Introduction of GJB2
Gap junction beta-2 protein (GJB2) is a protein encoded by the GJB2 gene. It is also known as connexin-26(cx26). GJB2 is involved in the movement of small metabolites and ions between the neighboring cells. The gap junction is first characterized by an electron microscope and has a regional specific structure on the plasma membrane contacting the attached cells. These structures have been shown to consist of cells to cell channels. Proteins purified from the rich gap junctions of different tissues, called connexins, are different. Connexins are specified by their molecular mass. Another nomenclature divides connexins into two categories: alpha and beta, based on sequence similarity at nucleotide and amino acid levels.
|Basic Information of GJB2|
|Protein Name||Gap junction beta-2 protein|
|Organism||Homo sapiens (Human)|
Function of GJB2 Membrane Protein
Mutation of the GJB2 gene-encoded protein Cx26 in homozygous and heterozygous states is an important part of the recessive form of chromosomes in different populations. This genetic defect leads to the most common congenital deafness in developed countries, called DFNB1 (also known as connexin 26 deafness or gjb2-related deafness). Through the regulation of the cell cycle, GJB2 also plays an important role in tumor suppression. Abnormal expression of GJB2, associated with several types of human cancer, may be a prognostic factor for cancers such as colorectal cancer, breast cancer, and bladder cancer. In addition, it is recommended to promote the development of cancer by promoting cell migration and invasion, and to promote the development of cancer by stimulating the self-renewal capacity of cancer stem cells.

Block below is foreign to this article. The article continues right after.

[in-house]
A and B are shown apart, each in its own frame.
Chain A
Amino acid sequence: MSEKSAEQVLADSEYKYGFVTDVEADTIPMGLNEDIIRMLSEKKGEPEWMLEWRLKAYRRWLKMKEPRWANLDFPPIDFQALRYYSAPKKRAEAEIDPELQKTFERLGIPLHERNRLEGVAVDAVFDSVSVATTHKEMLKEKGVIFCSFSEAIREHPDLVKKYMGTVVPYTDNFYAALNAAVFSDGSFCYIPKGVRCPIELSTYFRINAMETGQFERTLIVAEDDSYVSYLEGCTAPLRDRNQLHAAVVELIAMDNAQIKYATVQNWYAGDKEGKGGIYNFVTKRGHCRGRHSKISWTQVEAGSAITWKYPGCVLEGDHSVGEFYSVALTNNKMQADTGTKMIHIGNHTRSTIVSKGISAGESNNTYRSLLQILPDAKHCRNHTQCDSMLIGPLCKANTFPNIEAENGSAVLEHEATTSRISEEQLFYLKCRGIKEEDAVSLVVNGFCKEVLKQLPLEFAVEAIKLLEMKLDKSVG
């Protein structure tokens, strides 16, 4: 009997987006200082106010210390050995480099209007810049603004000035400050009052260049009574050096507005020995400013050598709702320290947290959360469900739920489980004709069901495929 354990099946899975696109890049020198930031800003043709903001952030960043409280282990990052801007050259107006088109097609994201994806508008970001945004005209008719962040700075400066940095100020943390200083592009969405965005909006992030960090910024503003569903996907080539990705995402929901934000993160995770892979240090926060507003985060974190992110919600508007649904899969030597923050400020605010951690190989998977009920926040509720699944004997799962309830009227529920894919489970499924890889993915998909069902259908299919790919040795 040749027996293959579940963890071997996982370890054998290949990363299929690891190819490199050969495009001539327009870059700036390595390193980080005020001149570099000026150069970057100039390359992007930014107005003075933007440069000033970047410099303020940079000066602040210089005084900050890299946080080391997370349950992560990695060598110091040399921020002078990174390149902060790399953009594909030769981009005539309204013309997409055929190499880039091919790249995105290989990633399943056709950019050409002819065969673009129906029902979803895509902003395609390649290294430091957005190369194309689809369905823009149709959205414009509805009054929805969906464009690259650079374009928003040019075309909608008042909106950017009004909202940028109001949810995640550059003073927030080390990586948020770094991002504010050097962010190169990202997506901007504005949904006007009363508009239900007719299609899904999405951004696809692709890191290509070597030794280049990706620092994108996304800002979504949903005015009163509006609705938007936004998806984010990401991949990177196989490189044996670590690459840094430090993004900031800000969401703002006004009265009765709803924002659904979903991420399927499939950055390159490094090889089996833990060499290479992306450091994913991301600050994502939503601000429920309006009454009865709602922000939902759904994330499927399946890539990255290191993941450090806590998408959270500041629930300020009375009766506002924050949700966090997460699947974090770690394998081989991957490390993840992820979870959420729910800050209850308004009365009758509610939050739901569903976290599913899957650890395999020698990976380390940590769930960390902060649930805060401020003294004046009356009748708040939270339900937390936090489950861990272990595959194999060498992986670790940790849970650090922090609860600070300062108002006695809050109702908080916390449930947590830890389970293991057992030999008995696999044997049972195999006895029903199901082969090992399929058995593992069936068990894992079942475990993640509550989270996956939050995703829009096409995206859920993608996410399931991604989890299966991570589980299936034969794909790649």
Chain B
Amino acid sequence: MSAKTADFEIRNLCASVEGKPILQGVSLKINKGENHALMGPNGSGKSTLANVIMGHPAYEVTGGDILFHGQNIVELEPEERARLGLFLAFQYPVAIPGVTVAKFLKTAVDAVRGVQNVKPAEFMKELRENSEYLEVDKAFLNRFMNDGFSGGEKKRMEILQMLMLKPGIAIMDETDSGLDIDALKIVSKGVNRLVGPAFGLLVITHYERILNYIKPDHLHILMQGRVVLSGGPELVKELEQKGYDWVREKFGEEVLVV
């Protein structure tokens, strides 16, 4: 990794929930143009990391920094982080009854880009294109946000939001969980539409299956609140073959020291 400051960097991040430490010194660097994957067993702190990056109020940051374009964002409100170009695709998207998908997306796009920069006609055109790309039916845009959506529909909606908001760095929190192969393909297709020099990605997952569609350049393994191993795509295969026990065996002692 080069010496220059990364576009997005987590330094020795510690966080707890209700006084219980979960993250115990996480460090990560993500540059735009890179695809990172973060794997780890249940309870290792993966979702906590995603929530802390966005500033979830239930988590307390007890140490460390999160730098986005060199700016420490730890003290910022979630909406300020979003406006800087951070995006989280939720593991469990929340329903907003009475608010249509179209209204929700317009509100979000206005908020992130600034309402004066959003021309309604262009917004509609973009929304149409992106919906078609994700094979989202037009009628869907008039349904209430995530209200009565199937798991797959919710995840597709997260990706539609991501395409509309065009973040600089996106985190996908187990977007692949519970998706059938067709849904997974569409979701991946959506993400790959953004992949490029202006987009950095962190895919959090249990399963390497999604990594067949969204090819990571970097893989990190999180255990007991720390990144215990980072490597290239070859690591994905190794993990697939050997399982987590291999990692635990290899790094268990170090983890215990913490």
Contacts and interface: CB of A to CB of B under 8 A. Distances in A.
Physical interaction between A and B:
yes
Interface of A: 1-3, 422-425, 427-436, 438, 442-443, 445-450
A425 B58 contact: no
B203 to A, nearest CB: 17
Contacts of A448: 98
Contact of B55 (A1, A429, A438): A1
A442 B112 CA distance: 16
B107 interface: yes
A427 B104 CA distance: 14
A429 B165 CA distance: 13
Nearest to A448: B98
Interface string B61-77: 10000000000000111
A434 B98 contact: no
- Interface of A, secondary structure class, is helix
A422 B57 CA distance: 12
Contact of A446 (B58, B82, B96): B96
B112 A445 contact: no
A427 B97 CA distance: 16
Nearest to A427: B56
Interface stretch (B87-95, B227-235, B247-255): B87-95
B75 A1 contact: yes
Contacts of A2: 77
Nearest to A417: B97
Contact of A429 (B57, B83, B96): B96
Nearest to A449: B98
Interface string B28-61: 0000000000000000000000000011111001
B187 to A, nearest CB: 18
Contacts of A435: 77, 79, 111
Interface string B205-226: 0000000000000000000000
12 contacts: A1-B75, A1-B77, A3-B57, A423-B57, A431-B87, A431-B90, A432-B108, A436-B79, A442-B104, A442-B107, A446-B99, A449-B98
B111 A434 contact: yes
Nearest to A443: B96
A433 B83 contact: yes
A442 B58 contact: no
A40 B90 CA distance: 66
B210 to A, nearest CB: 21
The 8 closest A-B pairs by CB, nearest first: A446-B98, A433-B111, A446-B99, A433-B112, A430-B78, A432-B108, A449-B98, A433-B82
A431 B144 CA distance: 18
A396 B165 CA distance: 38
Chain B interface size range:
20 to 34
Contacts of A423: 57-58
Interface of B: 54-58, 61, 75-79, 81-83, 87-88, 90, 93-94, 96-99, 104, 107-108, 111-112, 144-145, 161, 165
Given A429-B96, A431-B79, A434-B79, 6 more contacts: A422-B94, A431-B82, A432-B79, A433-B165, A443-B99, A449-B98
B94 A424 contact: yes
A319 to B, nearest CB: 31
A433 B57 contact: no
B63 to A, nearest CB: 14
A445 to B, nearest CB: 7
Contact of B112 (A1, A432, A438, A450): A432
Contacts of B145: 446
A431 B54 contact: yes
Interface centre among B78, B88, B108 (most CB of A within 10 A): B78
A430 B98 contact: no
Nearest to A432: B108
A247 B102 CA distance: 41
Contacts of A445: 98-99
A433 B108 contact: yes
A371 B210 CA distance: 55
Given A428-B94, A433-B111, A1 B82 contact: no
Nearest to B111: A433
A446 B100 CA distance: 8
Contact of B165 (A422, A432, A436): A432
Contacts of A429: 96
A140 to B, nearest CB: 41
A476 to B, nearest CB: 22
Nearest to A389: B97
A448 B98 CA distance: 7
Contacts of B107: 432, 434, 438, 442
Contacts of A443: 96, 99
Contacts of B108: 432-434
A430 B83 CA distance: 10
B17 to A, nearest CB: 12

Fig.1 The structure of Gap junction beta-2 protein.
Application of GJB2 Membrane Protein in Literature
The results show that GJB2 has high expression in α-SMA positive myofibroblast-rich nodules, indicating that connexins could be a novel treatment target for the treatment of DD.
This article implies that GJB2 inhibit transformed growth of HeLa cells.
The results suggest that the GJB2 and Connexin-30 genes are intimately connected to Deaf culture.
The previous researches indicate that mutations of Cx26 (connexin 26) are the most frequent cause of genetic deafness.
This article indicates that expression of Cx26 in HeLa cells selectively enhances wound healing in a manner that is dependent on intercellular coupling.
GJB2 Preparation Options
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